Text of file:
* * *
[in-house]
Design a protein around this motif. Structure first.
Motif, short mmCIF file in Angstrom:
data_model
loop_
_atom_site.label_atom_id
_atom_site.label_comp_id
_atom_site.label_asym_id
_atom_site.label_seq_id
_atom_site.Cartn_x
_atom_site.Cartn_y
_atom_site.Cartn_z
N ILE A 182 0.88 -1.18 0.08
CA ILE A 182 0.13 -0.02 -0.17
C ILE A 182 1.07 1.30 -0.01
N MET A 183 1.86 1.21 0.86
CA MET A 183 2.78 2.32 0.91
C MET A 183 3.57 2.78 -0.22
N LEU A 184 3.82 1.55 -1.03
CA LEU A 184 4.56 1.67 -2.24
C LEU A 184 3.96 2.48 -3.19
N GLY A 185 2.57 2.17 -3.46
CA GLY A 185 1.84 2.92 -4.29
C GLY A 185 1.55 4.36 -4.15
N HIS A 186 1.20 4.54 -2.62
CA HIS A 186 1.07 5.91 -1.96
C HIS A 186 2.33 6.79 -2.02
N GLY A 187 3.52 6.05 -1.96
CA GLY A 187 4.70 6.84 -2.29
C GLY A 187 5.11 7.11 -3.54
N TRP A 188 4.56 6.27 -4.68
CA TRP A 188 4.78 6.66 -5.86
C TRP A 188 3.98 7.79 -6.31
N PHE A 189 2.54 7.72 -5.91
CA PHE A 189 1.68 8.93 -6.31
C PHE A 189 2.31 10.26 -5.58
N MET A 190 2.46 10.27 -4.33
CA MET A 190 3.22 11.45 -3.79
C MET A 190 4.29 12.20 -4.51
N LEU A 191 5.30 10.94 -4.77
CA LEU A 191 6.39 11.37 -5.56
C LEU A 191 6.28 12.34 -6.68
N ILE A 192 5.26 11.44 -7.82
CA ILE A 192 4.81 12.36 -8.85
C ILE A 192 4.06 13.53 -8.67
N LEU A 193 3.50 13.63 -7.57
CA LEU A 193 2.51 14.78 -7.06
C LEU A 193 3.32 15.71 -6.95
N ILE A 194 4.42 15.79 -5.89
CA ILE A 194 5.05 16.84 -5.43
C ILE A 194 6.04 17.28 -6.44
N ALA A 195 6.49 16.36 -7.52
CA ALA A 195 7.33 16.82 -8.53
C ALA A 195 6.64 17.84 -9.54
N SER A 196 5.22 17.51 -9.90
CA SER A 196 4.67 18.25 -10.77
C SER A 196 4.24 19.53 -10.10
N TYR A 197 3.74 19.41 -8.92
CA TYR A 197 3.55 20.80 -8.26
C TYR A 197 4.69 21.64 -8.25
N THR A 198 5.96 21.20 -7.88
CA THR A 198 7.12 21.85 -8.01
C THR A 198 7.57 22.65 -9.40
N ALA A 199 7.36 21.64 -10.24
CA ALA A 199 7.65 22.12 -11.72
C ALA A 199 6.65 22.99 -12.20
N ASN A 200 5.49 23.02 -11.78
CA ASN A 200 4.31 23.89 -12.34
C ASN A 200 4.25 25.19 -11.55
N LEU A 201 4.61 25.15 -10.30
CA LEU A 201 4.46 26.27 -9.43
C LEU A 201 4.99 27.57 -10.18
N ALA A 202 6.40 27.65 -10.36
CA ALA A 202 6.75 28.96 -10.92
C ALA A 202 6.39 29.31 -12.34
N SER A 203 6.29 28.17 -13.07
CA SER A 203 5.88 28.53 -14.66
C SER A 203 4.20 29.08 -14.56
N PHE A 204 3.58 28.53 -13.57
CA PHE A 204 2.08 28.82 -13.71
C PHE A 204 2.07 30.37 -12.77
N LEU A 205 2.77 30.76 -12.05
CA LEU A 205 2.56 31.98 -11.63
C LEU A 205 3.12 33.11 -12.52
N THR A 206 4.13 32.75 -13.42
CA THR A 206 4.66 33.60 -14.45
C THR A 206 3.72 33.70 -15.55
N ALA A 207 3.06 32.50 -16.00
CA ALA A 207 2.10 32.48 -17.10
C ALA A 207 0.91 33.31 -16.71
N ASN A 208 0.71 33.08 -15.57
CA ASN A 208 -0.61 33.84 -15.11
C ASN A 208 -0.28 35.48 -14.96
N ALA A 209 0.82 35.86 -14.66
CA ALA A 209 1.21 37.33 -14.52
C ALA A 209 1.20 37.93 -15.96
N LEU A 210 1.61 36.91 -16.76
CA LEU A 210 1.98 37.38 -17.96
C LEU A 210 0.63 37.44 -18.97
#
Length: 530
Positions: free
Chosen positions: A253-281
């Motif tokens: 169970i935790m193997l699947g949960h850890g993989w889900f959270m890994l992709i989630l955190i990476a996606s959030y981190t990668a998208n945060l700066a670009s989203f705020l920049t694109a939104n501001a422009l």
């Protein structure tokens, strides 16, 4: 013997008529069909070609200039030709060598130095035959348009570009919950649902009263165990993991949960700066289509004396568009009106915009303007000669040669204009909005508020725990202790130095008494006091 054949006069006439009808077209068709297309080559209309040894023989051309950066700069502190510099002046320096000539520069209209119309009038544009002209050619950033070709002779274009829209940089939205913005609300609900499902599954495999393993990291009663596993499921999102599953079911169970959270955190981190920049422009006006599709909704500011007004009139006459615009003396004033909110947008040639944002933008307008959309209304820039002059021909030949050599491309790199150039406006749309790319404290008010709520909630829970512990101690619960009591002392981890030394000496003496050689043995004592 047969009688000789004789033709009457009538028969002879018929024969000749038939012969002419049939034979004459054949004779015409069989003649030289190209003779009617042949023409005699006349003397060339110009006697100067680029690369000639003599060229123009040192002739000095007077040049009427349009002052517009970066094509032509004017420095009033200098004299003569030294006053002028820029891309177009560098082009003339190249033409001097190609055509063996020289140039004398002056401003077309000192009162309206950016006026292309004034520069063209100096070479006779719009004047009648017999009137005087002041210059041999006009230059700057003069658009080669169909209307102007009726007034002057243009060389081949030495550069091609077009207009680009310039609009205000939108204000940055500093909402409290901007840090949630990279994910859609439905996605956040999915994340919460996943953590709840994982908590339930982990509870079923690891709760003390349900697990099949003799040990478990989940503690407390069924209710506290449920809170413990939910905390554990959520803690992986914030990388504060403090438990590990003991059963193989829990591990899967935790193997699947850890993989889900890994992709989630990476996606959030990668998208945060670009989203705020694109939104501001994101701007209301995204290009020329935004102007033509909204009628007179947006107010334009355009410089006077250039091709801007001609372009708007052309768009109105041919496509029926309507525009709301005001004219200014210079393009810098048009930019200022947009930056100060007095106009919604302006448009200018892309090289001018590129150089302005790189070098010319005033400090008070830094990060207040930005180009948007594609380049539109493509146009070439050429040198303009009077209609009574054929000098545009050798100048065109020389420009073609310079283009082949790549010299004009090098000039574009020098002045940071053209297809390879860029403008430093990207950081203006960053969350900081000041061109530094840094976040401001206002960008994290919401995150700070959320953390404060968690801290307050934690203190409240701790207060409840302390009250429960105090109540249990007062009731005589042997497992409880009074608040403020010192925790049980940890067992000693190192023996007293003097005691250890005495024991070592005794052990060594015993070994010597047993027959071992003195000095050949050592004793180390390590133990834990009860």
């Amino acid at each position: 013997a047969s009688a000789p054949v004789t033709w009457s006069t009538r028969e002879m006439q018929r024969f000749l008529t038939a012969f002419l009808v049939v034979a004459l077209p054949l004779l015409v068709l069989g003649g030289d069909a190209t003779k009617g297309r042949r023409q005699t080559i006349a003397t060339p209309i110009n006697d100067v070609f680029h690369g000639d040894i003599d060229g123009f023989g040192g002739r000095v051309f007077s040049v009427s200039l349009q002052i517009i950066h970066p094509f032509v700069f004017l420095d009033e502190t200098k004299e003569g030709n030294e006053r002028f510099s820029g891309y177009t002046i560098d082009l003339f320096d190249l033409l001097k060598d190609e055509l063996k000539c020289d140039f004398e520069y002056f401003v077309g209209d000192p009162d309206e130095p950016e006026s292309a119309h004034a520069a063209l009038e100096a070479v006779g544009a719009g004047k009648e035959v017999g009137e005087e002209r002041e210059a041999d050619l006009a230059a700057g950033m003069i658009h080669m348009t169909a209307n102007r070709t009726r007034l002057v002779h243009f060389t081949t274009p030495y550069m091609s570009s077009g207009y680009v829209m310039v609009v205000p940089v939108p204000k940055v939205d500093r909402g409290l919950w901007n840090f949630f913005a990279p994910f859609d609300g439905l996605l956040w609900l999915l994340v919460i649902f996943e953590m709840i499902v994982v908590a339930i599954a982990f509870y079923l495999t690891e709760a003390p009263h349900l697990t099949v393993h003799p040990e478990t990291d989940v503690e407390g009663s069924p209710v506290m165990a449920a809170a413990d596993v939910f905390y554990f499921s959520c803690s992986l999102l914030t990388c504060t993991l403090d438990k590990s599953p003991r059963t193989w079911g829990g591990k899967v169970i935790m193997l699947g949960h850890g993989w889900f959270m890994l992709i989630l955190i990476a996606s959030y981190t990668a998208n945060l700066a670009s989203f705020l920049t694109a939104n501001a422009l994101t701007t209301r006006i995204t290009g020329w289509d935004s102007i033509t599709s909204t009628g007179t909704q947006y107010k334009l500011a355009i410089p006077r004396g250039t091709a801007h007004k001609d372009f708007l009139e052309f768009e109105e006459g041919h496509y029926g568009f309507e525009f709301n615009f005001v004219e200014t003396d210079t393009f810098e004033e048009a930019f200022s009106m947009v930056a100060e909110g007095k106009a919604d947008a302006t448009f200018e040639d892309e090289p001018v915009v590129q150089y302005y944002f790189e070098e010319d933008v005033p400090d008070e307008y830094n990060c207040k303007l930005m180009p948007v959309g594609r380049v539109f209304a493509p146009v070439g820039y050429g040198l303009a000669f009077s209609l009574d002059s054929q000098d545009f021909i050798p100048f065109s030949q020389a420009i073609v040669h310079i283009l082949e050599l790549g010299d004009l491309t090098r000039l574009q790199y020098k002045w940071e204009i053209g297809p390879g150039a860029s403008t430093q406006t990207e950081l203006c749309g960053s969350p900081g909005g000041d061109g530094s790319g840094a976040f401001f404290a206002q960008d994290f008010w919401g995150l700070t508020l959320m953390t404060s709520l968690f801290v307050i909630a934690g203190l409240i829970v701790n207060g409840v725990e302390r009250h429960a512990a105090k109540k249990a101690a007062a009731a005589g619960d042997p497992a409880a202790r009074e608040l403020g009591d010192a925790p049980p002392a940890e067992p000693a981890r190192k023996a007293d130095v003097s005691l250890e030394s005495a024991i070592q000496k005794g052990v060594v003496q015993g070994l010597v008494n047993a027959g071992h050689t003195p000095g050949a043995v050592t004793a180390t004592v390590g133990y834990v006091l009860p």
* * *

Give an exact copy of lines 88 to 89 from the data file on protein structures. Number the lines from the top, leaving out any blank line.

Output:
N ALA A 207 3.06 32.50 -16.00
CA ALA A 207 2.10 32.48 -17.10